Cell adhesion and cancer
Tissue homeostasis is dependent on the spatially controlled localization of specific cell types and the correct composition of the extracellular stroma. Integrin mediated adhesions, in conjunction with the actin cytoskeleton, regulate cell fate and identity and allow cells to migrate and invade the surrounding extra-cellular matrix (ECM). Tight control over integrin mediated adhesion and signalling is paramount for normal cell function and is perturbed in almost every step of cancer progression. Our long-standing interest is in uncovering cancer relevant integrin-associated proteins and signalling networks. We have used RNAi screens to identify new proteins implicated in the regulation of integrin activity, integrin traffic, cell migration and metastasis. We are continuing this work by 1) investigating in mechanistic detail adhesion regulating protein networks using proximal-biotinylation, by 2) developing FRET-based probes to map the spatiotemporal regulation of integrin signalling under different conditions, by 3) screening for cell response to varying ECM compositions.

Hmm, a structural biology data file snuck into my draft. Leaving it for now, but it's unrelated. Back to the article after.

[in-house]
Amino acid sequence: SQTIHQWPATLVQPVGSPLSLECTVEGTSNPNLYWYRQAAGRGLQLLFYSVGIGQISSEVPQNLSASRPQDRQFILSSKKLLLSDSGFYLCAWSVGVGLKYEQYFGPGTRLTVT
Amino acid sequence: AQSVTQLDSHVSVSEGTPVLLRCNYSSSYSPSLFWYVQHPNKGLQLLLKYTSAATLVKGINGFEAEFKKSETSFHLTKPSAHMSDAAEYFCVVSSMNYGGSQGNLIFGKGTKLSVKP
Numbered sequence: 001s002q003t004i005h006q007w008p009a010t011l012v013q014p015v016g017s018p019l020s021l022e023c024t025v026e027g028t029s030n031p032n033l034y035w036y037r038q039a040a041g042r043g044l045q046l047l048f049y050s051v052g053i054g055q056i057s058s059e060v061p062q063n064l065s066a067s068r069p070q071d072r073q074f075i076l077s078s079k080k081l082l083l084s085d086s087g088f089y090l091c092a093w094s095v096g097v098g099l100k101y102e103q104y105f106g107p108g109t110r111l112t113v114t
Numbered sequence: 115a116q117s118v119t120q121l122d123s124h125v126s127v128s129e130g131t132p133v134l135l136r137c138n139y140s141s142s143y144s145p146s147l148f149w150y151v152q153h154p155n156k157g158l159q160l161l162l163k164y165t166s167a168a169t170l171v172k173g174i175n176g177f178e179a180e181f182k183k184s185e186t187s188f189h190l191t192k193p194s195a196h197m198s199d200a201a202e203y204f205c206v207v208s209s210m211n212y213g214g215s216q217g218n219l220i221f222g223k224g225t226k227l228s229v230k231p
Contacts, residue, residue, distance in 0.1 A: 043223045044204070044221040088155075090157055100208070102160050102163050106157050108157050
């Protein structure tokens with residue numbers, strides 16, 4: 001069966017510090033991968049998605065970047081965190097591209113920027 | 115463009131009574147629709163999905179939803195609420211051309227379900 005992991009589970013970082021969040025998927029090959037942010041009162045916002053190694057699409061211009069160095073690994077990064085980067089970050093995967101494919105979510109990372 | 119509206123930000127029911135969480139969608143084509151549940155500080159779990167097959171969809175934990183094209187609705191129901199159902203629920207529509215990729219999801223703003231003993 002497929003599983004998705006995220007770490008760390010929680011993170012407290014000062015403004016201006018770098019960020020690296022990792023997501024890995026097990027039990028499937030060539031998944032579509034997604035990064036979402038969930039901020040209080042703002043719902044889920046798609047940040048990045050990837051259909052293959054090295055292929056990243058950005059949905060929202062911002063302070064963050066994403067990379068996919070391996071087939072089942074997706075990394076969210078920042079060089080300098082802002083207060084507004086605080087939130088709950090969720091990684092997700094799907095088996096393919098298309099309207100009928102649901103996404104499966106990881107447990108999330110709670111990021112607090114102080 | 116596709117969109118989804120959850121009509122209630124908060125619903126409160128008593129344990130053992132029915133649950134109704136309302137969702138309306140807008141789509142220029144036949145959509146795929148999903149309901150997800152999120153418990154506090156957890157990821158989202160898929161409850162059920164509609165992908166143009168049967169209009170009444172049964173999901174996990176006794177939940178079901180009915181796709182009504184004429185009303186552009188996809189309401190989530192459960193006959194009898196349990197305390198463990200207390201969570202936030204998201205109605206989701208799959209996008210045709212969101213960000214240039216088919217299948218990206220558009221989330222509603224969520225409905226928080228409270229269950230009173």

Related publication from the lab
- Salomaa et al., Current Biology (2021)
- Miihkinen et al., Cell Reports (2021)
- Taskinen et al., Journal of Cell Biology (2020)